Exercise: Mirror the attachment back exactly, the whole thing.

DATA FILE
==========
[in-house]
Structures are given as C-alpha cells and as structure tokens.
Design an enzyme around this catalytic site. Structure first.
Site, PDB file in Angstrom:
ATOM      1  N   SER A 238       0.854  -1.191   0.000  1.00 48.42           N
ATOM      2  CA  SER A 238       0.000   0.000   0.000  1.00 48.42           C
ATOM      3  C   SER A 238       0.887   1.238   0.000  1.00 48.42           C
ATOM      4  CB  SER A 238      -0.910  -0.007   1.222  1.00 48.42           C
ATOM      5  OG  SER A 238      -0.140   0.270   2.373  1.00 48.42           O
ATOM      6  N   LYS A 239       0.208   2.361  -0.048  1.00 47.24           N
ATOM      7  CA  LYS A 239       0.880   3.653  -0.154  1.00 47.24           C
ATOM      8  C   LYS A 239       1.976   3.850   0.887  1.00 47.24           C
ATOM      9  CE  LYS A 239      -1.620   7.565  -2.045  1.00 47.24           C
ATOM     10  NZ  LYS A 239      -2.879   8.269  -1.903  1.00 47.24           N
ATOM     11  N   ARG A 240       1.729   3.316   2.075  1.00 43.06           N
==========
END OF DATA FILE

[in-house]
Structures are given as C-alpha cells and as structure tokens.
Design an enzyme around this catalytic site. Structure first.
Site, PDB file in Angstrom:
ATOM      1  N   SER A 238       0.854  -1.191   0.000  1.00 48.42           N
ATOM      2  CA  SER A 238       0.000   0.000   0.000  1.00 48.42           C
ATOM      3  C   SER A 238       0.887   1.238   0.000  1.00 48.42           C
ATOM      4  CB  SER A 238      -0.910  -0.007   1.222  1.00 48.42           C
ATOM      5  OG  SER A 238      -0.140   0.270   2.373  1.00 48.42           O
ATOM      6  N   LYS A 239       0.208   2.361  -0.048  1.00 47.24           N
ATOM      7  CA  LYS A 239       0.880   3.653  -0.154  1.00 47.24           C
ATOM      8  C   LYS A 239       1.976   3.850   0.887  1.00 47.24           C
ATOM      9  CE  LYS A 239      -1.620   7.565  -2.045  1.00 47.24           C
ATOM     10  NZ  LYS A 239      -2.879   8.269  -1.903  1.00 47.24           N
ATOM     11  N   ARG A 240       1.729   3.316   2.075  1.00 43.06           N